The Forest from the Trees
Jesse was the Executive Vice President of Engineering for a multinational construction firm. He found himself, like his peers, tirelessly working 14-hour-long days, with the first ten hours spent racing in and out of meetings firing off e-mails at any spare opportunity, and the last four hours reviewing work packages to direct changes to be made in the morning.
The company was extremely risking adverse and applied a high level of centralized control which translated to a company culture of working late. This became the informal metric for success in individual contributors and if a person wanted to be promoted, they needed to be recognized by being in the office after hours. While the organization recruited from the top engineering schools across the country, Jesse constantly complained about having an incompetent staff that couldn’t put together work packages without his insights. While Jesse was naturally unapproachable, that trait was magnified by his consistent state of motion and visible impatience. At times his engineers would make a game of how to avoid his wrath of feedback. Jesse found that he was at a point where he could no longer take a vacation and that his department was stuck in a repeating rut.
The warning signs came slowly as the department’s morale continued to decline and the levels of sarcasm rose. Then with the economy improving, an avalanche of attrition occurred where engineers fled at their first opportunity. The straw that broke the camel’s back was when the power support system failed, and operations shut down. After three weeks of no productivity, Jesse had lost his job with the problem left unfixed. The company searched throughout the ranks of who was left to take over but found that the remaining engineers had never developed a capability to run a team let alone a large organization and the talent well was dry.
Status Symbol of Busyness
Busyness is now the American status symbol for importance. It is trained early in kids that by not being busy that they are being lazy, idle hands are the Devil’s workshop. This busyness translates into the workplace where performance is judged by the accomplishment of tasks and leaving the impression of constantly working. The typical manager received their first promotion largely due to their productivity as an individual performer. As individual contributors, they accomplished a great deal and were constantly busy, they were rewarded for those behaviors with promotions which leads them to the false premise that busyness is the equivalent of effectiveness.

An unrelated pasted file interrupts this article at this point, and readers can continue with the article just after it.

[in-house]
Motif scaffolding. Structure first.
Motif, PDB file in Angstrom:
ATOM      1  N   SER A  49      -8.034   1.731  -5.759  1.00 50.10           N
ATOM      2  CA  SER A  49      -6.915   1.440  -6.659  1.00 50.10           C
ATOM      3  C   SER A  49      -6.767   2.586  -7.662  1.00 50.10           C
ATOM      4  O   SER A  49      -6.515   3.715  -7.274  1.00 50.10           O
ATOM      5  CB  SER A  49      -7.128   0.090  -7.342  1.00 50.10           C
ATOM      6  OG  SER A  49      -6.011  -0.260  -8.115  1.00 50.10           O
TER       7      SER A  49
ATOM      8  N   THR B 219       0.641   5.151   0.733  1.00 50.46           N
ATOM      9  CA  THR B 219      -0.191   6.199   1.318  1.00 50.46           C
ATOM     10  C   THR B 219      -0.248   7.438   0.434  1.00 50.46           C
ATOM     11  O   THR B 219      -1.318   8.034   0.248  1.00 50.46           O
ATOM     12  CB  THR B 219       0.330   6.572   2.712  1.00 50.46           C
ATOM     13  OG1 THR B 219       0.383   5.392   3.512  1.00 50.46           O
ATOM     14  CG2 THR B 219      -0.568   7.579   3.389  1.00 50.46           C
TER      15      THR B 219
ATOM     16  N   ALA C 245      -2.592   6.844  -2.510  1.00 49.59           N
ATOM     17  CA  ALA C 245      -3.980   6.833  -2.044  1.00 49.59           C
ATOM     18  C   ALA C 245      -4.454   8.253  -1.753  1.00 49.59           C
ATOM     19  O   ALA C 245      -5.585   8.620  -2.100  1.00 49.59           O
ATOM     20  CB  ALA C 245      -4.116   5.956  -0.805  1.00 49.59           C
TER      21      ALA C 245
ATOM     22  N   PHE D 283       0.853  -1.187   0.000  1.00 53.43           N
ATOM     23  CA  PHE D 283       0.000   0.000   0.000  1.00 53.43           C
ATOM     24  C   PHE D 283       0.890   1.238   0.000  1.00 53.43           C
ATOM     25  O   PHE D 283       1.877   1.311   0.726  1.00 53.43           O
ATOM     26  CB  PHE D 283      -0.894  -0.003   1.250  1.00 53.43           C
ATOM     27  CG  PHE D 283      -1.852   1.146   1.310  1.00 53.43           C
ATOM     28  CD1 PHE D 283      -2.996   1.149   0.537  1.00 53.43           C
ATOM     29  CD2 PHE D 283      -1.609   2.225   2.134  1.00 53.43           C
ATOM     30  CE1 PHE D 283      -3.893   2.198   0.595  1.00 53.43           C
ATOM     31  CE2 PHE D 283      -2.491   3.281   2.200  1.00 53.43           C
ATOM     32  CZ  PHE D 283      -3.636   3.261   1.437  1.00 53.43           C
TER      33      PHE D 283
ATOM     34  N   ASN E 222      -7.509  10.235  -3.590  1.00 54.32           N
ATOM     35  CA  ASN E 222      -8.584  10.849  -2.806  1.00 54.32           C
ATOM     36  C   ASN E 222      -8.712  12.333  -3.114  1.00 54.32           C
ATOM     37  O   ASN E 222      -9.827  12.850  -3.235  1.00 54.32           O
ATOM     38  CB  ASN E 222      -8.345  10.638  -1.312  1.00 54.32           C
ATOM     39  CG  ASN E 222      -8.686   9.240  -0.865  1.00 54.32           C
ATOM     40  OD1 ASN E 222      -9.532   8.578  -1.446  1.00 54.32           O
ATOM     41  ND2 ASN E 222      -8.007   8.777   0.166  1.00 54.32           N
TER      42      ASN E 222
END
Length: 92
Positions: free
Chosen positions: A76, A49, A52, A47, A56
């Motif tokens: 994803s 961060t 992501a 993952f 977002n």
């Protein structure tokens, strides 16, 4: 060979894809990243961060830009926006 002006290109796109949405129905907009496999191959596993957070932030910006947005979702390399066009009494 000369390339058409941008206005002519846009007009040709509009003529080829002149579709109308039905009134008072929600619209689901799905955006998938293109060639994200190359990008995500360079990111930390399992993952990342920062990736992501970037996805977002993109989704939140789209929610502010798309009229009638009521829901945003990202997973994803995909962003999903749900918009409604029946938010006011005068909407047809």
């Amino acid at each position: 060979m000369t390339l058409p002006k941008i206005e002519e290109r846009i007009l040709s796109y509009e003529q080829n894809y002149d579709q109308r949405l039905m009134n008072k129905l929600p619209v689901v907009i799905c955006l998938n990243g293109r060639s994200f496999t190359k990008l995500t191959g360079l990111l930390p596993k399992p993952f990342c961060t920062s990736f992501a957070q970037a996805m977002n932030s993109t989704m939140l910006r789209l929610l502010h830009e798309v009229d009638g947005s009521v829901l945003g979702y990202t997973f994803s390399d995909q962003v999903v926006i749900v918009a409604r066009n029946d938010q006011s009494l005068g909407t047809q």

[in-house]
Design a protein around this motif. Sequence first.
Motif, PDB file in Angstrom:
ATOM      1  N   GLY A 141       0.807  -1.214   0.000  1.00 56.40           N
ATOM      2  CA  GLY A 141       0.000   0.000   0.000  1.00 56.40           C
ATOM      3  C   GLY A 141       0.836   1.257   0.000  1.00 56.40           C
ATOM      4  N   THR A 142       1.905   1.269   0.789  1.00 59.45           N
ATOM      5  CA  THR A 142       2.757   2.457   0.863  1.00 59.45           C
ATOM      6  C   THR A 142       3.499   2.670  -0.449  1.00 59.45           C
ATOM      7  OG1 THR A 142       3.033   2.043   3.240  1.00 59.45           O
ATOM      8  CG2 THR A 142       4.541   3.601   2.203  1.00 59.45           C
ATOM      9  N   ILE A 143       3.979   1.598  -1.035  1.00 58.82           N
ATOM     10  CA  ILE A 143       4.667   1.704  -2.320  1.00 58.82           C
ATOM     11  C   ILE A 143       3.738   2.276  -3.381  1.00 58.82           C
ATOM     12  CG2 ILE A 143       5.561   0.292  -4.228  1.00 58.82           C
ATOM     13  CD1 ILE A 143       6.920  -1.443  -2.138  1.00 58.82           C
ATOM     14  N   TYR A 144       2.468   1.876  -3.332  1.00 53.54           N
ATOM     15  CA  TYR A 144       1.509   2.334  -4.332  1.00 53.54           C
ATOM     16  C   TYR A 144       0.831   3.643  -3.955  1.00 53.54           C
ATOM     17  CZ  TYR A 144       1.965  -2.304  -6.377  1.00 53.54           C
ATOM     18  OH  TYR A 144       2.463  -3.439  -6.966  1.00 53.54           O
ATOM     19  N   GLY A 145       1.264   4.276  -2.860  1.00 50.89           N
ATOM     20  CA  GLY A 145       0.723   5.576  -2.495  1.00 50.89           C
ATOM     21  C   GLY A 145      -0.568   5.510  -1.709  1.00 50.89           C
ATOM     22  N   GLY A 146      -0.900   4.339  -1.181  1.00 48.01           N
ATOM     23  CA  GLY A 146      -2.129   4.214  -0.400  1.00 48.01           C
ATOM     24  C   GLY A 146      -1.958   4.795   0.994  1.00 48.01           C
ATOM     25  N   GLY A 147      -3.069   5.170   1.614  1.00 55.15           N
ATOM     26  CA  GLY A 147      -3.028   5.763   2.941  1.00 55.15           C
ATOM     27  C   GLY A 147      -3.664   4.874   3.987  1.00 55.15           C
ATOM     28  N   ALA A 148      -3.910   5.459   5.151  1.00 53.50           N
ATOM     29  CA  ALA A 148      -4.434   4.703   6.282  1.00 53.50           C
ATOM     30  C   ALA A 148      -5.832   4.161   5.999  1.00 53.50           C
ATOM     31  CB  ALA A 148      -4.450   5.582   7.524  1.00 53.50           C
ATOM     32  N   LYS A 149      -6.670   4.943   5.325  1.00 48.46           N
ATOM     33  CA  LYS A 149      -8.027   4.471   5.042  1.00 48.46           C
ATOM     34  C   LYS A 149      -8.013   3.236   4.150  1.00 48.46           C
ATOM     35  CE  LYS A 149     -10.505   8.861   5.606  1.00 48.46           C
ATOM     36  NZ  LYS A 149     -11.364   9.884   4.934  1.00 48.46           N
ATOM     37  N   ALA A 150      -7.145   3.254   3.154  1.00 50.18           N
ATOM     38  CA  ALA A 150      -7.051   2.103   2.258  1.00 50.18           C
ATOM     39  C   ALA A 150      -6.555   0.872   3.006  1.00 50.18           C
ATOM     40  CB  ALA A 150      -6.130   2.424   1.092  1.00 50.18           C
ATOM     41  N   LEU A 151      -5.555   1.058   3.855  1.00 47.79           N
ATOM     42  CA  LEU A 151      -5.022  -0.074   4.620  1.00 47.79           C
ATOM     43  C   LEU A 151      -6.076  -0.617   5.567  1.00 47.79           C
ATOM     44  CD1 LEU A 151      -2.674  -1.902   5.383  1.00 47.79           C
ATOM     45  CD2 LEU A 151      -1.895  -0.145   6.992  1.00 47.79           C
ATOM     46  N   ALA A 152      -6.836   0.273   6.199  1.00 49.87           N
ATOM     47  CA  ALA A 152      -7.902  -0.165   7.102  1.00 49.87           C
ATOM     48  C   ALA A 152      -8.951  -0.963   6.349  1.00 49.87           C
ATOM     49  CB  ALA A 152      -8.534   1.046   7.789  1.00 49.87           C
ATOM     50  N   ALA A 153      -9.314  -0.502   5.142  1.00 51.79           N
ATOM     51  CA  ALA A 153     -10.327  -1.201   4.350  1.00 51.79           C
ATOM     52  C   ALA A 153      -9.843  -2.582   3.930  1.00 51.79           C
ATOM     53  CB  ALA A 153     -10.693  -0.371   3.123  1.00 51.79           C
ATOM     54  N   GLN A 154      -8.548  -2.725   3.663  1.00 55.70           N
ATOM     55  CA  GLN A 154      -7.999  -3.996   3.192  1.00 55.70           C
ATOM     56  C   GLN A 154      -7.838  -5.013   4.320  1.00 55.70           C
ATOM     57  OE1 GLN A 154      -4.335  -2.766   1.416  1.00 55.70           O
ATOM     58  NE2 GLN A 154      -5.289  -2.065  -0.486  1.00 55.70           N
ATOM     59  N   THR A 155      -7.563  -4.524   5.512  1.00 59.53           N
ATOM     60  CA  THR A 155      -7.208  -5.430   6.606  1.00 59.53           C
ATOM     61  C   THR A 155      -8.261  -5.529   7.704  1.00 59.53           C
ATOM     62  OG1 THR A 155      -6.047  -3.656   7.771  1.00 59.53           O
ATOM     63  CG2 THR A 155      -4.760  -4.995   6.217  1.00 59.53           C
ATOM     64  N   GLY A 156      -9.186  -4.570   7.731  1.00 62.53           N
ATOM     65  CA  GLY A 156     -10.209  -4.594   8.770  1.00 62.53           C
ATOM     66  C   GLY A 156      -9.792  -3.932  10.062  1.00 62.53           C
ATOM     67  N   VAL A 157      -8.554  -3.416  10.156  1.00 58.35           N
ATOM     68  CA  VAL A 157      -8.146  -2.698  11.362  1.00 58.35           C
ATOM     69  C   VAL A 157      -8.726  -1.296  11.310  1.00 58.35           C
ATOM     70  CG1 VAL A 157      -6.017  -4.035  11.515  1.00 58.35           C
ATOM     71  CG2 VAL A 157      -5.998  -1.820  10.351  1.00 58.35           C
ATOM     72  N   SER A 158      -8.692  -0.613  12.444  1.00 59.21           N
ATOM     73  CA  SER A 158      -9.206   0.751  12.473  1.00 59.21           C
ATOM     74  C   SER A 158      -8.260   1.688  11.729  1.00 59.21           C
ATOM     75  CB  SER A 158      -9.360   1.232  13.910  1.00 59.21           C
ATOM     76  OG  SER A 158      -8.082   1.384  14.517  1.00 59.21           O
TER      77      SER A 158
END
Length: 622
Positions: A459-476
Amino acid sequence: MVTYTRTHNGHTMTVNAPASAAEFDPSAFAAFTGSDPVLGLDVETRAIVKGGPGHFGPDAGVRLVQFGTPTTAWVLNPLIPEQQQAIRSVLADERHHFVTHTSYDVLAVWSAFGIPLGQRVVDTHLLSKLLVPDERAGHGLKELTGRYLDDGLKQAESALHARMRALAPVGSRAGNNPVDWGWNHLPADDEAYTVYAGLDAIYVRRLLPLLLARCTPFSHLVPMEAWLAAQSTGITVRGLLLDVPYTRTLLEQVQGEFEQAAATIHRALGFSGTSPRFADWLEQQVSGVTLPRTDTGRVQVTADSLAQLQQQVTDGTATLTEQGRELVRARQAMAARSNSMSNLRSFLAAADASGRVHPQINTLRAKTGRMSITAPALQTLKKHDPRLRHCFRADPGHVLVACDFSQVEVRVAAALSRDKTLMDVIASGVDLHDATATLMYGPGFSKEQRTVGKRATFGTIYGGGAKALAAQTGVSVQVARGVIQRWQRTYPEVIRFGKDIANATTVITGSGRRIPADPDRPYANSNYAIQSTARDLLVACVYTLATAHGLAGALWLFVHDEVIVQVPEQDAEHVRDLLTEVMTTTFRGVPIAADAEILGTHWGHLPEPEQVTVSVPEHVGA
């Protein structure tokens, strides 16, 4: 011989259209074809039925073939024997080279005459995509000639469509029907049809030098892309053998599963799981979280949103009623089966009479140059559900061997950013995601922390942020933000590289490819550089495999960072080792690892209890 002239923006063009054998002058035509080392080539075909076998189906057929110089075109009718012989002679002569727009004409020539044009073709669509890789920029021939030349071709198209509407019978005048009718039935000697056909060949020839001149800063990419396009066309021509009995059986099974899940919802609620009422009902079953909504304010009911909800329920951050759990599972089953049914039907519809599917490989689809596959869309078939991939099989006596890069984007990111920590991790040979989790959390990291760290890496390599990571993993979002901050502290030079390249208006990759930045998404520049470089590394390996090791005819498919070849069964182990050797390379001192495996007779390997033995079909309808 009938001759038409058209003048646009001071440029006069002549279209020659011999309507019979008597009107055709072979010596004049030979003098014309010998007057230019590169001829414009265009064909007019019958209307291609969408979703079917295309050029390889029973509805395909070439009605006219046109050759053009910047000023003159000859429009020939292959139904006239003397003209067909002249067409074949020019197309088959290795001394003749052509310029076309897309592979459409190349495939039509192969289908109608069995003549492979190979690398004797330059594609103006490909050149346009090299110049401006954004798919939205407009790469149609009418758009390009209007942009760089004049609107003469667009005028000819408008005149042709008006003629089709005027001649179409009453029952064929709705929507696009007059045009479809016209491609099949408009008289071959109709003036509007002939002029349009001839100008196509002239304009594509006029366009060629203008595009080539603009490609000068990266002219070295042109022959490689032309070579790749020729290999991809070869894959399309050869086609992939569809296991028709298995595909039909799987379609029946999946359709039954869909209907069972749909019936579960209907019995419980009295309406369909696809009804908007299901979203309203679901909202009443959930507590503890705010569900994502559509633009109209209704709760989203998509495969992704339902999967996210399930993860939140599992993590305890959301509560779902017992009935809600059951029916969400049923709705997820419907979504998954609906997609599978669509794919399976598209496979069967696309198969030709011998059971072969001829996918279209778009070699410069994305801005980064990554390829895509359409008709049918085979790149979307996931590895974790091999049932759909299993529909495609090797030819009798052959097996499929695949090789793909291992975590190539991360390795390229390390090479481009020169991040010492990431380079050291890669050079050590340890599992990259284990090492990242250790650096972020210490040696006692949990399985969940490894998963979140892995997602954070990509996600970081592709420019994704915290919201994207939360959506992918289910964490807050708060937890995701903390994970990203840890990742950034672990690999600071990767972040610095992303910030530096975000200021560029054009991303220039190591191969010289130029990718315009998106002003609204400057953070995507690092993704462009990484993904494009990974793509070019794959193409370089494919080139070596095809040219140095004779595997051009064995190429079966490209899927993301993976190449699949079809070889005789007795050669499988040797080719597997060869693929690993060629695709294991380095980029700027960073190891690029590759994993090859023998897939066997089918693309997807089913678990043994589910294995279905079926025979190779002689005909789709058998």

This premise of busyness helps stack the odds against new managers in being able to become sound leaders as they face the new challenge of distractions. Instead of managing a handful of projects, they are now managing a team of individuals that multiply the number of project, actions, and issues to be resolved. The new manager finds themselves reacting to all these notifications further taking away from meaningful focus. This bombardment of cognitive overload is then paired with the new responsibility of attending meetings ad nauseam which reduces the new manager to a multitasking halfwit who is trying to do too much and in turn accomplishes nothing of import. This pattern is then normalized and inevitably leads to an overstressed, unavailable manager that doesn’t have time to lead their team.